|Publication number||US602694 A|
|Publication date||Apr 19, 1898|
|Filing date||Aug 10, 1897|
|Publication number||US 602694 A, US 602694A, US-A-602694, US602694 A, US602694A|
|Inventors||Ansel R. Bradeen|
|Export Citation||BiBTeX, EndNote, RefMan|
|Referenced by (4), Classifications (1)|
|External Links: USPTO, USPTO Assignment, Espacenet|
.(No Model.) 1
A. R. BRADEEN. ROPE GLAMPING HOOK.
NO. 602,694. Patented Apr. 19, 1 898.
' ITNESSES UNITED STATES PATENT OFFICE.
ANSEL R. BRADEEN, 0F SEATTLE, WASHINGTON.
SPECIFICATION forming part of Letters Patent No. 602,694, dated April 19, 1898.
Application filed August 10, 1897. Serial No. 647,725. (No model.)
To all whom it may concern..-
Be it known that I, ANSEL R. BRADEEN, of Seattle, in the county of King and State of Washington, have invented a new and Improved Rope-Olamping Hook, of which the following is a full, clear, and exact description.
My invention relates to an improvement in devices for holding ropes, and is designed more particularly for such uses as holding the ends of ham mock-ropes, clothes-lines, and for other similar purposes, although it is adapted for holding the ends of any rope for whatever purpose the rope may be employed.
My invention comprises certain novel features of construction, which will be hereinafter particularly described and claimed.
Reference is to be had to the accompanying drawings, forming a part of this specification, in which similar characters of reference indicate corresponding parts in all the views.
Figure 1 is a plan view of the device, showing the rope in place by dotted lines. Fig. 2 is a side elevation of the'same. Fig. 3 is a perspective view of a slightly-modified form of construction, showing the essential features exactly the same as in Figs. 1 and 2, but a different method of supporting the device is illustrated; and Fig. 4 is a cross-section taken upon the line 4 4 of Fig. 1.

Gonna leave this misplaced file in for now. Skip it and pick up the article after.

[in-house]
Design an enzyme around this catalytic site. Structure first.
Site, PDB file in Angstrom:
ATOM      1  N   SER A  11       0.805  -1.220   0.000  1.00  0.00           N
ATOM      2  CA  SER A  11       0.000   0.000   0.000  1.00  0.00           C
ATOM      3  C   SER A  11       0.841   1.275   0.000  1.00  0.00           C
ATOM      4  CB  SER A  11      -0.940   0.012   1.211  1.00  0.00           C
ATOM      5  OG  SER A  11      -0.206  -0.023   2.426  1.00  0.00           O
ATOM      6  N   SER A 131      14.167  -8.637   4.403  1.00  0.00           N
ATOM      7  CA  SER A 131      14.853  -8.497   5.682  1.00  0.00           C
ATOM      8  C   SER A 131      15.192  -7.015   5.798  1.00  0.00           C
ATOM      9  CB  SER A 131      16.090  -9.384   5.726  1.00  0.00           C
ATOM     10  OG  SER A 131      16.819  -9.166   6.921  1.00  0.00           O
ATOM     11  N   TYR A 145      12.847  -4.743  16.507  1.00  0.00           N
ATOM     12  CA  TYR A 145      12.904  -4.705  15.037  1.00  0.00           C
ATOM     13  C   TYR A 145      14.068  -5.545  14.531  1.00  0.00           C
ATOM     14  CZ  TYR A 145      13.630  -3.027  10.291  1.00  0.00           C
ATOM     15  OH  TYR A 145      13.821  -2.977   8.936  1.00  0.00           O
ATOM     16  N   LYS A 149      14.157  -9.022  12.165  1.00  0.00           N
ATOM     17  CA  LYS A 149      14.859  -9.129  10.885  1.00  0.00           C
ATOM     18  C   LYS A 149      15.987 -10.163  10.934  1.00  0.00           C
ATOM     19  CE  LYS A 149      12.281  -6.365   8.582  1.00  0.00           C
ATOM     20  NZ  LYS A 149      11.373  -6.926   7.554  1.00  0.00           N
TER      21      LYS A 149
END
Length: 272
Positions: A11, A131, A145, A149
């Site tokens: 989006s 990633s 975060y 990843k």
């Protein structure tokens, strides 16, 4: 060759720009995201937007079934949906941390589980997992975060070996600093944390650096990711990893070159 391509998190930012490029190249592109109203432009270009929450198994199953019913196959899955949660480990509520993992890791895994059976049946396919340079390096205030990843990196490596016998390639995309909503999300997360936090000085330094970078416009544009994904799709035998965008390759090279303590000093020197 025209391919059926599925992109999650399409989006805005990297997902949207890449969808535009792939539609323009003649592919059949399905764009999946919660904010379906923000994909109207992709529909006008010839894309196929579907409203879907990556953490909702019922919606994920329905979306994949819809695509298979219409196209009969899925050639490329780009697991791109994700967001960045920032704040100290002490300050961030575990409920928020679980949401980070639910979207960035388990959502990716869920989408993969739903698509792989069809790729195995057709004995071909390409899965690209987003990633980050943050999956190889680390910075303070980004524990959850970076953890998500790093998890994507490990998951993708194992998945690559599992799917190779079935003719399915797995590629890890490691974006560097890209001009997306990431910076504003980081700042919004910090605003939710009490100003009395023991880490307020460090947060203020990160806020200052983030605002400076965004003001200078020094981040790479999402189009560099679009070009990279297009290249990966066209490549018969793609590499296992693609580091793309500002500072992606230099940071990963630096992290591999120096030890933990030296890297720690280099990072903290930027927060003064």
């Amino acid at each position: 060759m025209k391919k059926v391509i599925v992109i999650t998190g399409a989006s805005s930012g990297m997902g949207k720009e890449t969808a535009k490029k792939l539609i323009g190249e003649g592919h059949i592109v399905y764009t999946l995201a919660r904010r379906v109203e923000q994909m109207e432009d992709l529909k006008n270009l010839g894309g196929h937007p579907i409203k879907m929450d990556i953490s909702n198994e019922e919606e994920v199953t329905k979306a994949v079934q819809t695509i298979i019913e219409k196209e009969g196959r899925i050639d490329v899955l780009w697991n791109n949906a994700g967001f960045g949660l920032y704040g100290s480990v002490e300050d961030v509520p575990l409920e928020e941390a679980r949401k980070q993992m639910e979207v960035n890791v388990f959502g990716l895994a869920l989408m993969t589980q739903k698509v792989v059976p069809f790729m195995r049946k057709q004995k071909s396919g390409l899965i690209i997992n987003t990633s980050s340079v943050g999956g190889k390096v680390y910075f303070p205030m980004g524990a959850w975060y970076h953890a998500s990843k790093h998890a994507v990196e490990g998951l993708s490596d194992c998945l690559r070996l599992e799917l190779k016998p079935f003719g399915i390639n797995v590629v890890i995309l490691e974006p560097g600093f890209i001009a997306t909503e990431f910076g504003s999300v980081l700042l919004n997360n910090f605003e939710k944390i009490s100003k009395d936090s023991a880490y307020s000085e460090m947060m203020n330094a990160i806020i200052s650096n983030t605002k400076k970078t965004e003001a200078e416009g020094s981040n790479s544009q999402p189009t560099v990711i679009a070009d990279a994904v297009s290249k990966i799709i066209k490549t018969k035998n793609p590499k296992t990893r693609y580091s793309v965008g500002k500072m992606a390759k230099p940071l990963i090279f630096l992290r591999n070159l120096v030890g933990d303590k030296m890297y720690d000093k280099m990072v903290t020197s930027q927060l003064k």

The object of my invention is to produce a cheap and secure device which may be used for securing loose ends of rope and which will be easy and certain in its action and will securely hold the rope at any point.
The invention comprises, essentially, a link A, which has the two side members or bars a parallel with each other and connected at one end by a lateral section a which preferably is made substantially at right angles to the side sections. This latter feature is not, however, essential, as the sliding block hereinafter described may be curved to fit the end section a Within the link formed as described is a sliding block B, which has its side edges curved to fit over the side members a of the link A. The projecting edges 11 upon the side of the block 13 embrace the sides a of the link, so as to prevent the block from being removed therefrom. This block B is originally inserted in the link by forming the link slightly wider than its final width and inserting the block, after which the link is compressed, so as to cause its sides to fit closely into the concave grooves upon the side edges of the block. The expanded position of the link A is indicated by the dotted lines a. in Figs. 1 and 4.